FIG. 5 is a longitudinal section of another embodiment of the present invention;

FIG. 6 is a sectional view along the line VI-VI in FIG. 5;

FIG. 7 is a sectional view along the line VII-VII in FIG. 5; and

FIG. 8 is an enlarged sectional view of part of FIG. 5.

Now referring to the drawing, FIG. 1 shows a fine focus X- ray tube as an embodiment of the present invention. A slender cylindrical gas-tight tube 3 is fixed at one end to a cylindrical gas-tight housing 2 containing an electron gun I and a target base 4 is arranged at the other end of said tube 3. Arranged around the gas-tight tube 3 is an electron ray converging coil 5, which converges the electron rays 2 emitted from the electron gun I as shown by dotted lines so as to allow them to fall upon the base 4. The base 4 has a truncated conical hole 6, as shown enlarged in FIG. 2, across the vertex of which a thin foil target 7 is applied from the outside of the gas-tight tube 3, thereby to keep the tube 3 and housing 2 gas-tight. The target 7 can be also formed by plating the base 4. The target 7 and base 4 are made of the same metal, for instance, copper. The electron rays e are projected on the bottom side of the conical hole 6 to fall upon the inside surface thereof and the exposed part of the target 7, so that X-rays are generated from the inside surface of the hole 6 and the foil target 7. As the latter is made sufficiently thin to be permeated by X-rays relatively with ease, part of the generated X-rays go there through into the atmosphere, as shown by broken lines x. Since any base or the like is not provide outside the target 7, a specimen 8 can be set enough close to the target 7, when it is to be photographed in X-ray microphotography. Thus, an enlarged shadow image of the specimen 8 can be obtained with very great magnifications by the merrneating X-rays x.

FIG. 3 shows a relation between the distribution of the X- rays which mermeate through the target 7 to the outside and the source thereof. The X-rays generated at the foil target 7 are radiated from the reverse side thereof directly into the atmosphare. They cover, therefore, an area hatched with vertical lines, i.e. the whole area on the right of the target 7. The X- rays generated at the inside surface of the truncated conical hole 6 provided in the base 4 permeate through only the exposed part of the target 7 at the vertex of said hole to go out into the atmosphare, so that they cover an area hatched by right or left inclined lines. The directivity curves of the generated X-rays are shown in FIG. 4. The X-rays generated at the target 7 and projected from the reverse side thereof into the atmosphare are considered to have substantially a directivity shown by a courve 9, for they are more and more absorbed with decreasing angles thereof against the surface of the target. On the other hand, the X-rays generated at the inside surface of the hole 6 and projected through the exposed part of the target 7 into the atmosphare possess a directivity shown by a curve 10 or 11. Derived from the curves 9, l0 and 11 is a total directivity curve 12, which has a very wide angle of divergence. Besides, the X-rays are projected with substantially equal intensities in all directions. While explanations here have been made on the assumption that the X-rays generated at the inside surface of the hole 6 permeate through the target without scattering, a considerably great amount of scattered X-rays results, in practice, in the target. These scattered X-rays possess a directivity substantially equal to the curve 9, so that the intensity of the X-rays perpendicular to the surface of the target 7, Le. in the axial direction of the gastight tube 3, is additionally increased, which was confirmed also in experiments.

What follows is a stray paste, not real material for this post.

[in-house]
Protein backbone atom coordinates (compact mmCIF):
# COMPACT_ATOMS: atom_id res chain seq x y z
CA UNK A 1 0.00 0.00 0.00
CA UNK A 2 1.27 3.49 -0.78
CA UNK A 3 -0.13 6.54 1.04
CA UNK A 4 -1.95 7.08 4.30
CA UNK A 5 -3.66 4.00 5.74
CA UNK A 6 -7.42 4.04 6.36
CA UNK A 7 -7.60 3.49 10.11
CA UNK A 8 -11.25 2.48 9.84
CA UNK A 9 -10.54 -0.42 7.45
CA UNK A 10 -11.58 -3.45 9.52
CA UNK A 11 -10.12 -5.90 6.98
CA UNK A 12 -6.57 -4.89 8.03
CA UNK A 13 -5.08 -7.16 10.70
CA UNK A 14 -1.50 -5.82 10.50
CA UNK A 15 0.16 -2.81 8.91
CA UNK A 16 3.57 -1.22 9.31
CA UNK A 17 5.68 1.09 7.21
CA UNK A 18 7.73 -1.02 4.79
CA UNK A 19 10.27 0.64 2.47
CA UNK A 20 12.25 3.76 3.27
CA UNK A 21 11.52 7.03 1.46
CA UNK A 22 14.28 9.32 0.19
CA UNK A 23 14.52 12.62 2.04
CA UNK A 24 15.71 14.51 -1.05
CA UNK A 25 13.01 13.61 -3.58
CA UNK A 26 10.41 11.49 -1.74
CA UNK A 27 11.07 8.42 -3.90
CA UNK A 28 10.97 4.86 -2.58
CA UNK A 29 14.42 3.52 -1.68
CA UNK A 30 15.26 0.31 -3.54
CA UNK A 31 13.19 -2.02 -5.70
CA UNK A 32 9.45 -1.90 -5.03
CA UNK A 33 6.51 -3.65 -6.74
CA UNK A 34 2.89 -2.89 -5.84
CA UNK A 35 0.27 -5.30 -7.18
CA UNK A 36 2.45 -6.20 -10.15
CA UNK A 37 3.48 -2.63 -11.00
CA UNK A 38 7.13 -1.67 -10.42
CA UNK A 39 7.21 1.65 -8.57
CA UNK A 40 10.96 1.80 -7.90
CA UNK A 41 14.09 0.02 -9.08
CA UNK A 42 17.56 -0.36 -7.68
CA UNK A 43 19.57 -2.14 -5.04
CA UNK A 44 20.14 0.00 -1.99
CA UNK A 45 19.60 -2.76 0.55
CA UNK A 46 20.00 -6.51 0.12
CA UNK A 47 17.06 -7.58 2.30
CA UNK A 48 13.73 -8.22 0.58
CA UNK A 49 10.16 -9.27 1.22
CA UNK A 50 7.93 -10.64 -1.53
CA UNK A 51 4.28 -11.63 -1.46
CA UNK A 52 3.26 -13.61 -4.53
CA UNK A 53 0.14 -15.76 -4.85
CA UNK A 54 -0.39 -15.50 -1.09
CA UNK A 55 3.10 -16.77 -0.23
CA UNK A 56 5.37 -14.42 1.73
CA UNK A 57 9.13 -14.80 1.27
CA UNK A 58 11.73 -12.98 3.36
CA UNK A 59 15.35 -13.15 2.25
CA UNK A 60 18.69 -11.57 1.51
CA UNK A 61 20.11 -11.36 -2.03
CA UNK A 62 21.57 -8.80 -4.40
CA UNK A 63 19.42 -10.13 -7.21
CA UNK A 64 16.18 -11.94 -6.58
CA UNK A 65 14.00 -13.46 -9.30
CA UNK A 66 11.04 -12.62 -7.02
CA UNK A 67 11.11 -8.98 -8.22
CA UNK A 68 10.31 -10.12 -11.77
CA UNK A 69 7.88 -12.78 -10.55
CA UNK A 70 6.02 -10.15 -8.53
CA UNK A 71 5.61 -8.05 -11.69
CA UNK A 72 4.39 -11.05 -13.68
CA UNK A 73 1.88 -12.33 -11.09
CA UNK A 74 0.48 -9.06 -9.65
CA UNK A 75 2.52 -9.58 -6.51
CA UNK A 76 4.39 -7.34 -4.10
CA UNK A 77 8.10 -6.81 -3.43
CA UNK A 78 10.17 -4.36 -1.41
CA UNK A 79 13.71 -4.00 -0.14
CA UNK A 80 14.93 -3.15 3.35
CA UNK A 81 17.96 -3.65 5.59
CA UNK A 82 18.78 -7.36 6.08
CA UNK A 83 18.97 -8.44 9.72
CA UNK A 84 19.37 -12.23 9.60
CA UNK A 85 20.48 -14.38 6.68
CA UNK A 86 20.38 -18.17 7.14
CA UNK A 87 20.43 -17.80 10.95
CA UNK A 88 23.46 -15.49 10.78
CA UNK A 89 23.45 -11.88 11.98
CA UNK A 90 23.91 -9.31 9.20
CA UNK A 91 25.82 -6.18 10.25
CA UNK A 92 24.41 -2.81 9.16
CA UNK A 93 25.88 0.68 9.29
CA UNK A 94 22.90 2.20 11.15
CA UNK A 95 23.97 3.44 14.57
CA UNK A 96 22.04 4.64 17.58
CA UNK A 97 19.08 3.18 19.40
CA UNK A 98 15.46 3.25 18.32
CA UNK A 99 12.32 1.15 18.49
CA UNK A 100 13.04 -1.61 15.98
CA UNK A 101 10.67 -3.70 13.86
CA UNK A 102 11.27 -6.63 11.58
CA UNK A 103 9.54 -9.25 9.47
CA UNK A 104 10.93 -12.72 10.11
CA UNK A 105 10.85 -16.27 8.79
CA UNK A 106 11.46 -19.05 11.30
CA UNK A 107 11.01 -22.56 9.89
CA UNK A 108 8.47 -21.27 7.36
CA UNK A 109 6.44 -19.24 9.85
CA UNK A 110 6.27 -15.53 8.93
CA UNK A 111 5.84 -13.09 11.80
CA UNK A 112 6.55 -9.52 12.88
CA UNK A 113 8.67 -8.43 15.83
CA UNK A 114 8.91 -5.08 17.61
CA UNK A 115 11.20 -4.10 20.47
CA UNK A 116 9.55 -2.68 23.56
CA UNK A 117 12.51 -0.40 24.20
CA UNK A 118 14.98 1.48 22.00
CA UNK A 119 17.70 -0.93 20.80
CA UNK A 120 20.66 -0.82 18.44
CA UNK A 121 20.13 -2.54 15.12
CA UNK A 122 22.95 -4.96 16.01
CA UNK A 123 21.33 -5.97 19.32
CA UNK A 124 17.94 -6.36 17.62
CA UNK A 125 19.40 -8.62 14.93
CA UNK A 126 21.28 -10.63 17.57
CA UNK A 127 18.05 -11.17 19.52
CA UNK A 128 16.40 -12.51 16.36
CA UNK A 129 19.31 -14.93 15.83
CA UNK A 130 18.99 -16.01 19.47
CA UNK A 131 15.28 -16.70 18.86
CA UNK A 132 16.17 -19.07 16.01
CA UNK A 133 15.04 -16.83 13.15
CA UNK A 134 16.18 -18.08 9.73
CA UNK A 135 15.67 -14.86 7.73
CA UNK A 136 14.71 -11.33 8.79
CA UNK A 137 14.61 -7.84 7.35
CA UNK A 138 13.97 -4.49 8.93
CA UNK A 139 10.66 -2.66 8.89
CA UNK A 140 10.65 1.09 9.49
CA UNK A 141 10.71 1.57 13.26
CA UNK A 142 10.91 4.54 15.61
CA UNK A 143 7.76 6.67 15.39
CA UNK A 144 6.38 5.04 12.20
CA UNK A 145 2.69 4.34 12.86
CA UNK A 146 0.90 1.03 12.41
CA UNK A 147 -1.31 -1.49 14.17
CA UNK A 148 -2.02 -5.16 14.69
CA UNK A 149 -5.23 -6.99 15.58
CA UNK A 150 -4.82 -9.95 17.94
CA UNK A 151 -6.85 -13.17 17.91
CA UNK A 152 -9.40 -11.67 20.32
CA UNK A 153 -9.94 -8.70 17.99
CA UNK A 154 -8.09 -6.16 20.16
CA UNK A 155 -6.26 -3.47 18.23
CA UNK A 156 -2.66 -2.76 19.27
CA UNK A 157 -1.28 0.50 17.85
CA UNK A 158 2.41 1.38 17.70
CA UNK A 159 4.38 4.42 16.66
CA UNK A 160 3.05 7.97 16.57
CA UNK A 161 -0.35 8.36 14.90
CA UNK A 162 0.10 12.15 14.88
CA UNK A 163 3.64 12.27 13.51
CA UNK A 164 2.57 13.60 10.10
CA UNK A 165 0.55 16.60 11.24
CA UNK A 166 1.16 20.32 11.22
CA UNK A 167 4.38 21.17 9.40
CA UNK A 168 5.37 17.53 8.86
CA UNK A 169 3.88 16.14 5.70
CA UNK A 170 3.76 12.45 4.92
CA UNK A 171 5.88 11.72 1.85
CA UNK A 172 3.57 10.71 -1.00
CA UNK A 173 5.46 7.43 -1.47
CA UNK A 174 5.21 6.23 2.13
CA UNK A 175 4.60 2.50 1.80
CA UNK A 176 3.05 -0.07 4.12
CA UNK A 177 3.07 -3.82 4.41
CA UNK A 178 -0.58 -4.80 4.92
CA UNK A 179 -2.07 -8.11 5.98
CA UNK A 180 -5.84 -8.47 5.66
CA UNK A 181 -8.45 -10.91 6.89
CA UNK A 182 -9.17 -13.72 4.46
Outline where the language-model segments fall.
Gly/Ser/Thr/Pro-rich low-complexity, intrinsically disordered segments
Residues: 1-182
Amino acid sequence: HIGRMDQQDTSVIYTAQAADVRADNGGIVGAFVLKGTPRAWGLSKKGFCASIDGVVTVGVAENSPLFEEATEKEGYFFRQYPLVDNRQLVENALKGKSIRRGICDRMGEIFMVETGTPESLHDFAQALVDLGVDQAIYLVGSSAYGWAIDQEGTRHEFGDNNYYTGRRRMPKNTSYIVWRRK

A known X-ray tube so constructed that electron rays are projected onto the target 7 of FIG. 2 from the right side thereof to take X-rays from the hole 6 has no possibility of generating X-rays at the inside surface of the hole to make use of them. In another known X-ray tube, a base is arranged where oblique lines are drawn on the right side of the target in FIG. 3. Hence, the X-rays generated at the inside surface of the hole 6 and having directivities as shown by the curves l0 and 11 in FIG. 4 are cut off and so their effective use is impossible.